The startup community has lately been enamored with the concept of “fail often, fail fast”.
The underlying notion is that companies whose business models aren’t functioning properly should “pivot” as quickly as possible, in order to minimize the potential cost of failure. In doing so, they hopefully eventually establish a business model that is market tested (if things work right).
The issue is that “fail fast” is a business aphorism, and like all such statements, it doesn’t always apply, and even where it does, there are subtleties.
What I’ve been noticing lately with startups that I’ve been working with are some troubling problems that result from blind adherence to this concept:
- It saps drive – i.e. people aren’t really working as hard as they should be in order to succeed, because “they can always pivot”.
- It causes impatience – it takes a few years to build a decent business (even something prone to networking effects, like an internet startup). Pivoting too quickly (I’ve seen this happen over days or weeks, never mind months) means that a company doesn’t really know whether what they’re doing would eventually have succeeded.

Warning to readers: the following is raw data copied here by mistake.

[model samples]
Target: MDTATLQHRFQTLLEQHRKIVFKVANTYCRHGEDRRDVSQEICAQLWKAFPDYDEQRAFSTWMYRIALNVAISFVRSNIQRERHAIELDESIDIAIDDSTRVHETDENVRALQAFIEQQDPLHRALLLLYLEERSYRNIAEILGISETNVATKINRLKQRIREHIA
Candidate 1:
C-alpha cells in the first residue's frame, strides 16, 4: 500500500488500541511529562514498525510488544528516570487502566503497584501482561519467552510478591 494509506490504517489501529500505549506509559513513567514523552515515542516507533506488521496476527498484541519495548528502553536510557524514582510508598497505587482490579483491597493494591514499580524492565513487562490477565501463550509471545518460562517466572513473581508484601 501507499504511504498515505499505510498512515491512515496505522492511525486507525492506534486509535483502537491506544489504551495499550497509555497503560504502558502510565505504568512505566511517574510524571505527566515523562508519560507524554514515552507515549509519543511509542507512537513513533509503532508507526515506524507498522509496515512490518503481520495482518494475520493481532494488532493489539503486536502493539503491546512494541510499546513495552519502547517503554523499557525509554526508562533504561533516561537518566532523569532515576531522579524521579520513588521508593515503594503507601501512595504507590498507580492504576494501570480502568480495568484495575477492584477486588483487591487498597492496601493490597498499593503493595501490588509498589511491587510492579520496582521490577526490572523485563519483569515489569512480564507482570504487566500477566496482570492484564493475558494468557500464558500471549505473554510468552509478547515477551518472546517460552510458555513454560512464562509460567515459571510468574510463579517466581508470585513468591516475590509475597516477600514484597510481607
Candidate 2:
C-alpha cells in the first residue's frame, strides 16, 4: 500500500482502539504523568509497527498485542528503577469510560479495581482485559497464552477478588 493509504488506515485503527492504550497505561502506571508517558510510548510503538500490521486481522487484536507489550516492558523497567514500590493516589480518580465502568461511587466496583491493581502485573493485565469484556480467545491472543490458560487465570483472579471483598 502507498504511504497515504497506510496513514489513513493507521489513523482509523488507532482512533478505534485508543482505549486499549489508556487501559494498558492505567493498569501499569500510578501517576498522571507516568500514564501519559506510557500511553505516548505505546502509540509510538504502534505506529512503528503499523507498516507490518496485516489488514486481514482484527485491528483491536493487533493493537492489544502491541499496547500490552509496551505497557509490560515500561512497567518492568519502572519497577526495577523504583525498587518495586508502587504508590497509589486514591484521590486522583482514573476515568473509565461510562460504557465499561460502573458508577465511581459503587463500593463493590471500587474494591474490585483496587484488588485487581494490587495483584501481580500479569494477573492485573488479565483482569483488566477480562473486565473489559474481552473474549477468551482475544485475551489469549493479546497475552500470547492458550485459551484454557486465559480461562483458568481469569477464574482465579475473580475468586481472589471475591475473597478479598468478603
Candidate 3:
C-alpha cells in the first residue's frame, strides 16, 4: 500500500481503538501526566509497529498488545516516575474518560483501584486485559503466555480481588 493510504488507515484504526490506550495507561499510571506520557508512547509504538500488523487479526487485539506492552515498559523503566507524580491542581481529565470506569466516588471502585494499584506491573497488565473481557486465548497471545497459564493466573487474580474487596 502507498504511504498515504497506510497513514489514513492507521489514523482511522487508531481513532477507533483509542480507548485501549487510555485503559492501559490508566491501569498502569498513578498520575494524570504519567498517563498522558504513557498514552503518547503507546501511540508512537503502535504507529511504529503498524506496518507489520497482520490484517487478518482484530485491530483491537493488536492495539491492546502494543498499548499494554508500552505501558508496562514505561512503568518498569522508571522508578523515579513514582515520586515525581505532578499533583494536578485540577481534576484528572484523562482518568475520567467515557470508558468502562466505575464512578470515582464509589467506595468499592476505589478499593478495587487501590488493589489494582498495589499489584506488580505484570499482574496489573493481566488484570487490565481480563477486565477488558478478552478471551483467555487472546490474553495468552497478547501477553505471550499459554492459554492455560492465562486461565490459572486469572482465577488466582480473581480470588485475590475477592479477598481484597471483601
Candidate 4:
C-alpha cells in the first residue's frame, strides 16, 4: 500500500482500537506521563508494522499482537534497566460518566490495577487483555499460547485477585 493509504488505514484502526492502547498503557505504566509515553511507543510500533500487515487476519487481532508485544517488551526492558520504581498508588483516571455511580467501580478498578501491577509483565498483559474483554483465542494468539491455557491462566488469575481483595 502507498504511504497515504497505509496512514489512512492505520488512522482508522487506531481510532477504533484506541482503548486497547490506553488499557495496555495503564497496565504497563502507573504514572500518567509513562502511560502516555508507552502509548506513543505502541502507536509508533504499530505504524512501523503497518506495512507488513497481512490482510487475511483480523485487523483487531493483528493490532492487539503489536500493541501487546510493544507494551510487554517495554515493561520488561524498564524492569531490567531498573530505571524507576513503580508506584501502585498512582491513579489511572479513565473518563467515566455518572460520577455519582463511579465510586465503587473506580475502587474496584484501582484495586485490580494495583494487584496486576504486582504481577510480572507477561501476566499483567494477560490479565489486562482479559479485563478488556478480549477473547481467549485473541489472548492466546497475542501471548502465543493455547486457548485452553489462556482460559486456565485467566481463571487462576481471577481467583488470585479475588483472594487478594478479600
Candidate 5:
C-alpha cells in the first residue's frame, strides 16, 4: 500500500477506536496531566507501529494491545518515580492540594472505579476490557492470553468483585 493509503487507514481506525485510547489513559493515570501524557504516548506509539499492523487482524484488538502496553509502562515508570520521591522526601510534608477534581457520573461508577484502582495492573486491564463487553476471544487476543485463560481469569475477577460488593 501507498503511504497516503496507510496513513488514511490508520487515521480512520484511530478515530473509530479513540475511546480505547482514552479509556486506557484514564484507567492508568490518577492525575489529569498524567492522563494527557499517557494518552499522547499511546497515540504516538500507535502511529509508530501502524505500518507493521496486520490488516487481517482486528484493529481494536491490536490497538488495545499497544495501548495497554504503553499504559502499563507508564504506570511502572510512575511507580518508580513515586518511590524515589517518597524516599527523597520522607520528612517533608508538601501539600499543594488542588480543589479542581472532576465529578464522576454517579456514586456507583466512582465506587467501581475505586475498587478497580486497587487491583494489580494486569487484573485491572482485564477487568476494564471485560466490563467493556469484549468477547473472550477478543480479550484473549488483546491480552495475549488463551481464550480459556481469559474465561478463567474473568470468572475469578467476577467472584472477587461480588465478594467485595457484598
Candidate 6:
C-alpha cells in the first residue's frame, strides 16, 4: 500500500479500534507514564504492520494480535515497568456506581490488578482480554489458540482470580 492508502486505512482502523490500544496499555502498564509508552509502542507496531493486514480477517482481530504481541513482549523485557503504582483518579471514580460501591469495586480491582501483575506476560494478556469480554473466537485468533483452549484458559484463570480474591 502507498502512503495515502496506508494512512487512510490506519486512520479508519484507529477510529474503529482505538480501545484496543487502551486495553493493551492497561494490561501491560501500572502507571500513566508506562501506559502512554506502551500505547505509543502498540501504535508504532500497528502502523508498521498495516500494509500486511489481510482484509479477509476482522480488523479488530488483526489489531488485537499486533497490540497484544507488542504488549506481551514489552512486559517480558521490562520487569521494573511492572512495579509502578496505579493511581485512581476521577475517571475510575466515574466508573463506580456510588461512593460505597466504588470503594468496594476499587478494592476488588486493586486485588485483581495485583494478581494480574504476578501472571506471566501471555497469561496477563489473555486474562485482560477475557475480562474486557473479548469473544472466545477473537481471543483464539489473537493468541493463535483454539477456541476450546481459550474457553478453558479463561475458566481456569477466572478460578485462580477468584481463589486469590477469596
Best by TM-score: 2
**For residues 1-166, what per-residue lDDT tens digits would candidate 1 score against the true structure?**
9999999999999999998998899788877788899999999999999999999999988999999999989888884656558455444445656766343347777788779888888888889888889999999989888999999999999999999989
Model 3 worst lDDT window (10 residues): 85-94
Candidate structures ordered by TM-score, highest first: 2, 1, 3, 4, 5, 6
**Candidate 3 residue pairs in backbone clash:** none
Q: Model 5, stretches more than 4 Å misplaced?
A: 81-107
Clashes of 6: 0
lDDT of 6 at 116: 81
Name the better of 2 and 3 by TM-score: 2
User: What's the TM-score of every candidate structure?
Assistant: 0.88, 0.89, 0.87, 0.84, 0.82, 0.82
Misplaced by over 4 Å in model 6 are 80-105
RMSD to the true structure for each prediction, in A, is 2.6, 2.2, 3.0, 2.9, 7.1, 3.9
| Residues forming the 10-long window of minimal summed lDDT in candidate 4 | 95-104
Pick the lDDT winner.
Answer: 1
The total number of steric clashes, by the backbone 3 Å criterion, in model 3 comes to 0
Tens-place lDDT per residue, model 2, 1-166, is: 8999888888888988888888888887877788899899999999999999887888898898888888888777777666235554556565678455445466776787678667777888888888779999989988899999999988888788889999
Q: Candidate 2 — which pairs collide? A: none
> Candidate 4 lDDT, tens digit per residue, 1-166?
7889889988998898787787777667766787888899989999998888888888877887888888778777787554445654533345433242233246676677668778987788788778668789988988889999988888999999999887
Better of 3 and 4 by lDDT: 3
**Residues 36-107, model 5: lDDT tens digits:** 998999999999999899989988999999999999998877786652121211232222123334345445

- It burns bridges – there’s only so many times you can scrap things and start over without severely damaging relationships with staff, customers and investors.
- It wastes resources – in the world I inhabit, most startups are starved for cash, and don’t have ready access to outside capital. A “pivot” can eat up significant resources that aren’t easily replenished.
As we all know, some failures can be extremely costly (not just cash, but also time and opportunity cost). If things aren’t working, closing the door quickly can be an effective way to cauterize the bleeding. I know this personally from hard earned experience. That doesn’t mean that entrepreneurs should romanticize business failures, eagerly seek pivot points, or precipitously act in ways that will hurt the people around them. The usual rules apply: caution and common sense!